Surge in Consumer Confidence Turns to “Dismal” Retail Sales beyond Autos, Gasoline

Surge in Consumer Confidence Turns to “Dismal” Retail Sales beyond Autos, Gasoline

Pundits sent back to the drawing board.

Consumer sentiment surveys have captured the “Trump Effect” elegantly. All major sentiment surveys agree: Consumer confidence has surged since the election. The University of Michigan consumer sentiment survey, released today, at 98.1 – while down a tiny 0.1 from the miraculous post-election jump a month ago – was still the second highest in 12 years, last month having been the highest.

But there’s now an intense partisan line dividing how consumers feel about the economy.

“The post-election surge in optimism was accompanied by an unprecedented degree of both positive and negative concerns about the incoming administration spontaneously mentioned when asked about economic news,” explained the survey’s chief economist, Richard Curtin.

This partisan divide between those who favorably mentioned the policies of the next government, and those who unfavorably mentioned them reached an extraordinary gap of 42.7 points in the expectation index.

And there’s one more thing: these jumps in consumer sentiment translated into a disconcerting lack of spending over the holiday shopping season.

Sales at retailers in the US edged up a disappointing 0.6% in December, from November, on a seasonally adjusted basis, according the Commerce Department today. Excluding sales at auto and parts retailers, which account for 21% of total retail sales, and excluding sales at gas stations, which benefited from sharply higher gasoline prices, retail sales were flat.

This got pundits worried about weaker economic growth in the fourth quarter.

Note that auto and parts sales, as reported by the Commerce Department here, are survey-based estimates denominated in dollars. The monthly new vehicle sales reported early in the month by automakers are based on the new vehicles actually sold by dealers to their customers, measured in vehicles (regardless of price), not dollars.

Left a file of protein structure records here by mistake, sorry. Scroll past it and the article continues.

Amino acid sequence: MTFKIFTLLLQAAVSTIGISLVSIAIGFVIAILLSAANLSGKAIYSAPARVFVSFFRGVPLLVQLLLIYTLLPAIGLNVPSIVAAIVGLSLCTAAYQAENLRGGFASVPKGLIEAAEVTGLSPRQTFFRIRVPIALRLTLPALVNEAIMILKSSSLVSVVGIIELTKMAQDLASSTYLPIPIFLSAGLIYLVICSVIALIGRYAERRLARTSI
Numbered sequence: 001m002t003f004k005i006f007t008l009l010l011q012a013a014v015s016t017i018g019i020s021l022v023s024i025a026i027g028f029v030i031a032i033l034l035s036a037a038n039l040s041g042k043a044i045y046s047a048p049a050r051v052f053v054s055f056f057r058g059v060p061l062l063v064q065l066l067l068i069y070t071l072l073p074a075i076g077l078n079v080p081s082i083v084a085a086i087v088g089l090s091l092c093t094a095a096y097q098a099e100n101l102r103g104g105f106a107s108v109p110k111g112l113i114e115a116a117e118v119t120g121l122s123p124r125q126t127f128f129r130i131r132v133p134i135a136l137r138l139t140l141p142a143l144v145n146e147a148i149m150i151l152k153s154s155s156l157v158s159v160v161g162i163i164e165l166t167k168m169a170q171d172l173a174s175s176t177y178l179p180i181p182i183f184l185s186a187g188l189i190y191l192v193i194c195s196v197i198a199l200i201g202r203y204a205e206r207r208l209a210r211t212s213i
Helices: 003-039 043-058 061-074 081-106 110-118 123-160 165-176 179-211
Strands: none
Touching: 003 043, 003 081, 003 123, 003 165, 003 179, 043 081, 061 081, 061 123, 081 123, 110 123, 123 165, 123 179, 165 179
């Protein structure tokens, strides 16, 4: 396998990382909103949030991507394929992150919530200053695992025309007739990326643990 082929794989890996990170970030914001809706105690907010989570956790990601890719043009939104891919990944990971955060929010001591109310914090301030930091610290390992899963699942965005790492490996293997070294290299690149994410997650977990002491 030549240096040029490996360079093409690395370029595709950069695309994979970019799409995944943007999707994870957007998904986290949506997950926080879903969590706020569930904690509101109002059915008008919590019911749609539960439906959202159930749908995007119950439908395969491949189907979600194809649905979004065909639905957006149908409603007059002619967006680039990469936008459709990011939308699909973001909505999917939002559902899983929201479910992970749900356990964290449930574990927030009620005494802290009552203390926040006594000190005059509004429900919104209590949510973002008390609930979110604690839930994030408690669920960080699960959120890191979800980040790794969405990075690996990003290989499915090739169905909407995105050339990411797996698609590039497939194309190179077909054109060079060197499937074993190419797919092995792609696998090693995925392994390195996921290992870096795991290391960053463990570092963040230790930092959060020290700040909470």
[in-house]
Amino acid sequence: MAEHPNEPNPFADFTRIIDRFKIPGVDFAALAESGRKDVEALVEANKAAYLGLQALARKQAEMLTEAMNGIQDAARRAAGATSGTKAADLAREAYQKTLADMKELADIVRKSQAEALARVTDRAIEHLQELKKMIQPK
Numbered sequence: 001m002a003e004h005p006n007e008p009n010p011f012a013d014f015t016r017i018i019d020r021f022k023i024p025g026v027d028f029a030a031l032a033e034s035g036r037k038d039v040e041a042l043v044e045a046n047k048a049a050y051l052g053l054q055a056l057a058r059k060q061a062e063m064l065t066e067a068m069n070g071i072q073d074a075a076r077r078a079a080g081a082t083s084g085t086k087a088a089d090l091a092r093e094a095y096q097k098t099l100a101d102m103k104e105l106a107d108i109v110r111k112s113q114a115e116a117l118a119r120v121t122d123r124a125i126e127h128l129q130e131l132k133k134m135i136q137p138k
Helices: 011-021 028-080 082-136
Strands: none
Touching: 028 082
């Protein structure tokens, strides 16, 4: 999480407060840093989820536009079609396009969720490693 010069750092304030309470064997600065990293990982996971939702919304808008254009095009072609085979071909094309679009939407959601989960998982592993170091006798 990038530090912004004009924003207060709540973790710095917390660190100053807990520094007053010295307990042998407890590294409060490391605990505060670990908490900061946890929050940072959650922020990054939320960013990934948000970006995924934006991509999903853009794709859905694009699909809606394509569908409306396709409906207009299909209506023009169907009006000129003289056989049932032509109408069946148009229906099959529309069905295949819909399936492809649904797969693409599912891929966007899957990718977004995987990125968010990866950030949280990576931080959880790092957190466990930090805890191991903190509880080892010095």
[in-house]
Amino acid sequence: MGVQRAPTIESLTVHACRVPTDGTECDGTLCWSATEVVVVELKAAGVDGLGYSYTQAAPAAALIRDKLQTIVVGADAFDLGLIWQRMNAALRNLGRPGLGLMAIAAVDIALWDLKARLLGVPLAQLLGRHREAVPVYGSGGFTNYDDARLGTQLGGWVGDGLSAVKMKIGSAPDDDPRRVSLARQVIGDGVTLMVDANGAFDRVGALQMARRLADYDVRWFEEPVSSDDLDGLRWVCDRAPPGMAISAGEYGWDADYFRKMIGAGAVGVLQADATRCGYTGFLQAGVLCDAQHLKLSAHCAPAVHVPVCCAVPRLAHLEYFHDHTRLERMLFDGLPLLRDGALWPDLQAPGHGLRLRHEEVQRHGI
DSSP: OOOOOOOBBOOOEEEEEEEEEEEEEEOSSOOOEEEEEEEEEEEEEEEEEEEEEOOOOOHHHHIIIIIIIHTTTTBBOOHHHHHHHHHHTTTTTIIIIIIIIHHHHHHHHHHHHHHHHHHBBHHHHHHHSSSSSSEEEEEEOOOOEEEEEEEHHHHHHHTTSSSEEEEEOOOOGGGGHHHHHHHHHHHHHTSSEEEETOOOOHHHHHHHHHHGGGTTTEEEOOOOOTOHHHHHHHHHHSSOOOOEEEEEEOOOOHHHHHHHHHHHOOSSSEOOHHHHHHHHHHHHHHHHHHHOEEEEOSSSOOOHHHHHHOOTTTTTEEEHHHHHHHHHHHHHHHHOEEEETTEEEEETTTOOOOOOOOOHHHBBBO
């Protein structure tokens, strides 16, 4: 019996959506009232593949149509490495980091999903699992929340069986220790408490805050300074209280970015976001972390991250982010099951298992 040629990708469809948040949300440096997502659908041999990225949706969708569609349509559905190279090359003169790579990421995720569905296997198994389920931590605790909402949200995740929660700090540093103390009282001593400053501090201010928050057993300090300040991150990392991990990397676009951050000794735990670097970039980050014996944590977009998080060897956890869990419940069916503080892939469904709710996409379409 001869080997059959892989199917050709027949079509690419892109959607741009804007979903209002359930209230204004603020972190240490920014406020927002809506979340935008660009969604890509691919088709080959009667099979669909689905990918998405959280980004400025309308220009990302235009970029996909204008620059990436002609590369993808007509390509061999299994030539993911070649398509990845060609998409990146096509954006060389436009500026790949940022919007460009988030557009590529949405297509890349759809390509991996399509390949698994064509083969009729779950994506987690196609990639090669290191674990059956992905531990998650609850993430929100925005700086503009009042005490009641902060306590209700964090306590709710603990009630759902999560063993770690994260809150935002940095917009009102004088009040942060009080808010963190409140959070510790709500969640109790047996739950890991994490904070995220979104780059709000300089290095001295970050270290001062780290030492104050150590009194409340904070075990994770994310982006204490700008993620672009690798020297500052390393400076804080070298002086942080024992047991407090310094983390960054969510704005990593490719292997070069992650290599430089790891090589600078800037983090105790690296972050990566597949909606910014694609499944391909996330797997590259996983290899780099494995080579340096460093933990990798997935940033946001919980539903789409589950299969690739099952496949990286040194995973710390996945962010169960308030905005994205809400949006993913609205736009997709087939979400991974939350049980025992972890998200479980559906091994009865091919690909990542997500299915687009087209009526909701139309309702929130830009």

Sales at “General merchandise” stores declined 0.5%. In this group, sales at department stores declined -0.6%. Sales at “miscellaneous retailers” fell 1%.

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Wolf Richter

In his cynical, tongue-in-cheek manner, he muses on WOLF STREET about economic, business, and financial issues, Wall Street shenanigans, complex entanglements, and other things, debacles, and opportunities that catch his eye in the US, Europe, Japan, and occasionally China. WOLF STREET is the successor to his first platform… TP-Title-7-small-200px …whose ghastly name he finally abandoned in July 2014. Here’s the story on that. Wolf lives in San Francisco. He has over twenty years of C-level operations experience, including turnarounds and a VC-funded startup. He earned his BA and MBA in Texas and his MA in Oklahoma, worked in both states for years, including a decade as General Manager and COO of a large Ford dealership and its subsidiaries. But one day, he quit and went to France for seven weeks to open himself up to new possibilities, which degenerated into a life-altering three-year journey across 100 countries on all continents, much of it overland. And it almost swallowed him up.